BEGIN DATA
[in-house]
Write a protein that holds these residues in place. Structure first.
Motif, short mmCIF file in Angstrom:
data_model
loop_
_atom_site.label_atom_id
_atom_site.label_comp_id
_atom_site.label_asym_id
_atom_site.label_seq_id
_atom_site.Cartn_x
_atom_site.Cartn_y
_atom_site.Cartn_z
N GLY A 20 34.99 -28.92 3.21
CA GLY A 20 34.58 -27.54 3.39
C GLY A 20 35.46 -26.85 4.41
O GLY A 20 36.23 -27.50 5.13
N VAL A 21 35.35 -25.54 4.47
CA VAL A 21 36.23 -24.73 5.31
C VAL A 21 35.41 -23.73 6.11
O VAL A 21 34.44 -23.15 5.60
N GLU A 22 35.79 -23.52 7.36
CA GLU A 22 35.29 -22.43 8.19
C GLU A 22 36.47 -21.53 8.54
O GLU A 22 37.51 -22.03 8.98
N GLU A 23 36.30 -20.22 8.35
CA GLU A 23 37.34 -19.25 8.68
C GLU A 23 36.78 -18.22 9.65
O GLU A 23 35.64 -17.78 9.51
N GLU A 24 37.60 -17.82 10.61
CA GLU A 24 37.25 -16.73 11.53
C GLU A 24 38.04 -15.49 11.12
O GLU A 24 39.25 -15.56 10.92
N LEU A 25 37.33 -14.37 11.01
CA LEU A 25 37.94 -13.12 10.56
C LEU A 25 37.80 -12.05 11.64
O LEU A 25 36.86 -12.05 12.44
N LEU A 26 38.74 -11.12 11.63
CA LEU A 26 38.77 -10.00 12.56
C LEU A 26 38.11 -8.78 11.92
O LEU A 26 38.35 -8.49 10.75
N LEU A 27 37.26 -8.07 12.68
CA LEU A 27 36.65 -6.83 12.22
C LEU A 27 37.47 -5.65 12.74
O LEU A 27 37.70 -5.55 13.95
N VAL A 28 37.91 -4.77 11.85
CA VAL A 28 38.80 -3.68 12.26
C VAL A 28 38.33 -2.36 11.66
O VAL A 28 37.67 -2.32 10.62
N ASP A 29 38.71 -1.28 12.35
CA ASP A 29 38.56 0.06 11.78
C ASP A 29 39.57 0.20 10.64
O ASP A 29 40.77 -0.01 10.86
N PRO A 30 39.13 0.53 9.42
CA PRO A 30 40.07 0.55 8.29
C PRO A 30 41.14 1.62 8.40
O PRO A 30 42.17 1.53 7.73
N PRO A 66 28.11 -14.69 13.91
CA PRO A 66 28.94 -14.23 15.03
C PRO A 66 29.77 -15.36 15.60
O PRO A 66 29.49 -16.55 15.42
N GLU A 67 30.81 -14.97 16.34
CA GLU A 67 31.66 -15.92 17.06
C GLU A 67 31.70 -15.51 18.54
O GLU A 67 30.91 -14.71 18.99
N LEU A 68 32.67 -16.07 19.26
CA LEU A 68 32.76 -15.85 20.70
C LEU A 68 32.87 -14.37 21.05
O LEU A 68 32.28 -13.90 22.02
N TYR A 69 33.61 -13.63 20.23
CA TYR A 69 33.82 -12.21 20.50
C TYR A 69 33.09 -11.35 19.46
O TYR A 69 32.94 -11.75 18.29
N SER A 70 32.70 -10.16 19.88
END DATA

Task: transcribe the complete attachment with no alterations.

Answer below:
[in-house]
Write a protein that holds these residues in place. Structure first.
Motif, short mmCIF file in Angstrom:
data_model
loop_
_atom_site.label_atom_id
_atom_site.label_comp_id
_atom_site.label_asym_id
_atom_site.label_seq_id
_atom_site.Cartn_x
_atom_site.Cartn_y
_atom_site.Cartn_z
N GLY A 20 34.99 -28.92 3.21
CA GLY A 20 34.58 -27.54 3.39
C GLY A 20 35.46 -26.85 4.41
O GLY A 20 36.23 -27.50 5.13
N VAL A 21 35.35 -25.54 4.47
CA VAL A 21 36.23 -24.73 5.31
C VAL A 21 35.41 -23.73 6.11
O VAL A 21 34.44 -23.15 5.60
N GLU A 22 35.79 -23.52 7.36
CA GLU A 22 35.29 -22.43 8.19
C GLU A 22 36.47 -21.53 8.54
O GLU A 22 37.51 -22.03 8.98
N GLU A 23 36.30 -20.22 8.35
CA GLU A 23 37.34 -19.25 8.68
C GLU A 23 36.78 -18.22 9.65
O GLU A 23 35.64 -17.78 9.51
N GLU A 24 37.60 -17.82 10.61
CA GLU A 24 37.25 -16.73 11.53
C GLU A 24 38.04 -15.49 11.12
O GLU A 24 39.25 -15.56 10.92
N LEU A 25 37.33 -14.37 11.01
CA LEU A 25 37.94 -13.12 10.56
C LEU A 25 37.80 -12.05 11.64
O LEU A 25 36.86 -12.05 12.44
N LEU A 26 38.74 -11.12 11.63
CA LEU A 26 38.77 -10.00 12.56
C LEU A 26 38.11 -8.78 11.92
O LEU A 26 38.35 -8.49 10.75
N LEU A 27 37.26 -8.07 12.68
CA LEU A 27 36.65 -6.83 12.22
C LEU A 27 37.47 -5.65 12.74
O LEU A 27 37.70 -5.55 13.95
N VAL A 28 37.91 -4.77 11.85
CA VAL A 28 38.80 -3.68 12.26
C VAL A 28 38.33 -2.36 11.66
O VAL A 28 37.67 -2.32 10.62
N ASP A 29 38.71 -1.28 12.35
CA ASP A 29 38.56 0.06 11.78
C ASP A 29 39.57 0.20 10.64
O ASP A 29 40.77 -0.01 10.86
N PRO A 30 39.13 0.53 9.42
CA PRO A 30 40.07 0.55 8.29
C PRO A 30 41.14 1.62 8.40
O PRO A 30 42.17 1.53 7.73
N PRO A 66 28.11 -14.69 13.91
CA PRO A 66 28.94 -14.23 15.03
C PRO A 66 29.77 -15.36 15.60
O PRO A 66 29.49 -16.55 15.42
N GLU A 67 30.81 -14.97 16.34
CA GLU A 67 31.66 -15.92 17.06
C GLU A 67 31.70 -15.51 18.54
O GLU A 67 30.91 -14.71 18.99
N LEU A 68 32.67 -16.07 19.26
CA LEU A 68 32.76 -15.85 20.70
C LEU A 68 32.87 -14.37 21.05
O LEU A 68 32.28 -13.90 22.02
N TYR A 69 33.61 -13.63 20.23
CA TYR A 69 33.82 -12.21 20.50
C TYR A 69 33.09 -11.35 19.46
O TYR A 69 32.94 -11.75 18.29
N SER A 70 32.70 -10.16 19.88